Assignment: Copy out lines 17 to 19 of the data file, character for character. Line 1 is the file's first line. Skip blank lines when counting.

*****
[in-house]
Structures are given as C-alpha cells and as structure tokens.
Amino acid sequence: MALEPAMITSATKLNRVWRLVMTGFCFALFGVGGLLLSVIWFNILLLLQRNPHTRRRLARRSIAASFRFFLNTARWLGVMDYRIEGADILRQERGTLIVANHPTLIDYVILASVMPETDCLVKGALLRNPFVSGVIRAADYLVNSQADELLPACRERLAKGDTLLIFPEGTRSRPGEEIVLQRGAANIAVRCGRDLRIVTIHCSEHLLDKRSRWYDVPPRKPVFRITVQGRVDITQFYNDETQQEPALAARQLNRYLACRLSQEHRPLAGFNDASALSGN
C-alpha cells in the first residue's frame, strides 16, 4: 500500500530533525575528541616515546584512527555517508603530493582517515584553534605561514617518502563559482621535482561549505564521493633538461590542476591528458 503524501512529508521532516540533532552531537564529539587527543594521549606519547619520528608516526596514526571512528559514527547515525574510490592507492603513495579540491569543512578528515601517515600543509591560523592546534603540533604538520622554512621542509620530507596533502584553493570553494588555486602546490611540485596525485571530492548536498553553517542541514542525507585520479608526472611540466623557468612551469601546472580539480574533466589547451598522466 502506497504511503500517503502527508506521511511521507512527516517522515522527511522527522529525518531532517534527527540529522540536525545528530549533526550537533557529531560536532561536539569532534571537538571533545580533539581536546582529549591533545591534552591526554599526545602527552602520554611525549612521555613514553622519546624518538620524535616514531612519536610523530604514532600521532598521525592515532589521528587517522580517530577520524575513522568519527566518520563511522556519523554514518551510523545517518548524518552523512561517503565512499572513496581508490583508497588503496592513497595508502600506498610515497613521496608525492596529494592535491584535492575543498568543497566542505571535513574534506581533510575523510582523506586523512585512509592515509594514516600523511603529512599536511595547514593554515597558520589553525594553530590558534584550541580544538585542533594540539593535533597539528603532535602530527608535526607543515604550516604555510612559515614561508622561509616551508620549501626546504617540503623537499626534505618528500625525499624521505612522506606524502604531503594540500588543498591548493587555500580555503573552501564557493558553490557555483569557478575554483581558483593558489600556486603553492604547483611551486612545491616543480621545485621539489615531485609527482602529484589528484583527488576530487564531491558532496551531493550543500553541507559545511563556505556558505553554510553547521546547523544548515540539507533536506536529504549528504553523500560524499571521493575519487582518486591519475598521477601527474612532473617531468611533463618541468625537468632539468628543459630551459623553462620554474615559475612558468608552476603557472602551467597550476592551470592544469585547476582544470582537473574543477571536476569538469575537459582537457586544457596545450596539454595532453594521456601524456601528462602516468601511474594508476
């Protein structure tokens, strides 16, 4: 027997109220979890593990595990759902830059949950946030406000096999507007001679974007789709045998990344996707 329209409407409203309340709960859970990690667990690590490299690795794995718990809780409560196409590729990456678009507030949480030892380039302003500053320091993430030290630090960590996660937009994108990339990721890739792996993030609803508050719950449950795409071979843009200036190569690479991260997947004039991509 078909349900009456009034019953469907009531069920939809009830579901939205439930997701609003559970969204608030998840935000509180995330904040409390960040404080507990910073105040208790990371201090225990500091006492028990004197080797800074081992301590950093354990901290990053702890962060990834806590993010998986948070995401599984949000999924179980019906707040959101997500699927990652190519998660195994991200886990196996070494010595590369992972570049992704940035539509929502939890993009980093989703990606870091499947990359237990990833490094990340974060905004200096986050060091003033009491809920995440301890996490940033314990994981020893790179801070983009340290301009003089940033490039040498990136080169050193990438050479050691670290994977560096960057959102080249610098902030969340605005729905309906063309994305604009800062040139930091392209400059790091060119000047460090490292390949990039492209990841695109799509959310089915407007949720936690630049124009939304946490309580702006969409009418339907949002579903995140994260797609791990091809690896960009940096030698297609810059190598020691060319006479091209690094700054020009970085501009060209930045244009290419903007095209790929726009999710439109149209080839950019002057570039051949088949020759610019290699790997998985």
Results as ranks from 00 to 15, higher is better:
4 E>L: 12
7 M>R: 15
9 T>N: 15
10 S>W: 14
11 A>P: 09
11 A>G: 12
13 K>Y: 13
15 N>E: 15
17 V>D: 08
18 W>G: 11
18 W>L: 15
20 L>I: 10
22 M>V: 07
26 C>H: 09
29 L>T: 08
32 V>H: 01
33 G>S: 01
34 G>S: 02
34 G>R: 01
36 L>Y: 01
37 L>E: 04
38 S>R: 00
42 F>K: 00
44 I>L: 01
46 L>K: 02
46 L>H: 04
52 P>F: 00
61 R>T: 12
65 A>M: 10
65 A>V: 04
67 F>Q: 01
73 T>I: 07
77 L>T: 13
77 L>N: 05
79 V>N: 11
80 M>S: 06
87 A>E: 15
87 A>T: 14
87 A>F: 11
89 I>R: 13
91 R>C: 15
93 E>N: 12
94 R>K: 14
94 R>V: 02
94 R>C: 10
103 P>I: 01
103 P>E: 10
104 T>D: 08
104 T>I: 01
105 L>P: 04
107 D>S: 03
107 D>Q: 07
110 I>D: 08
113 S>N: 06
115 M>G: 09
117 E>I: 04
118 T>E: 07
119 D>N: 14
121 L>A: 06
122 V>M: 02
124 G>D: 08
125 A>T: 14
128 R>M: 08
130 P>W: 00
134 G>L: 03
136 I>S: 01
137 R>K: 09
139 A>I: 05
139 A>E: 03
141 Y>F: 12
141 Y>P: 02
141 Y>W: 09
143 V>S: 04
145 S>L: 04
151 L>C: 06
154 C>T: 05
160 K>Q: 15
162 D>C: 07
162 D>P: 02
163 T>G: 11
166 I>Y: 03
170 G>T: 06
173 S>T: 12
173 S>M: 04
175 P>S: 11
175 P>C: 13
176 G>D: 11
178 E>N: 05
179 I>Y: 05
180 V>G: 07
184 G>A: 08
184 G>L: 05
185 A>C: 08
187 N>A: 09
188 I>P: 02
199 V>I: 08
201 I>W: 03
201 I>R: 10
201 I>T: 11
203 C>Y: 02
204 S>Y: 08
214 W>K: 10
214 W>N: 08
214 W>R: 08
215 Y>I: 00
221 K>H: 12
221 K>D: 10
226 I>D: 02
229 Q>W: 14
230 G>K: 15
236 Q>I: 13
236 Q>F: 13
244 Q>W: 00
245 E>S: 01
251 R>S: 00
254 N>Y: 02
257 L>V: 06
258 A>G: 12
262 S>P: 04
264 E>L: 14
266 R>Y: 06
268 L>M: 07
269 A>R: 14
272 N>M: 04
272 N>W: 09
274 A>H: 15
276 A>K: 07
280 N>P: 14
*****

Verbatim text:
18 W>L: 15
20 L>I: 10
22 M>V: 07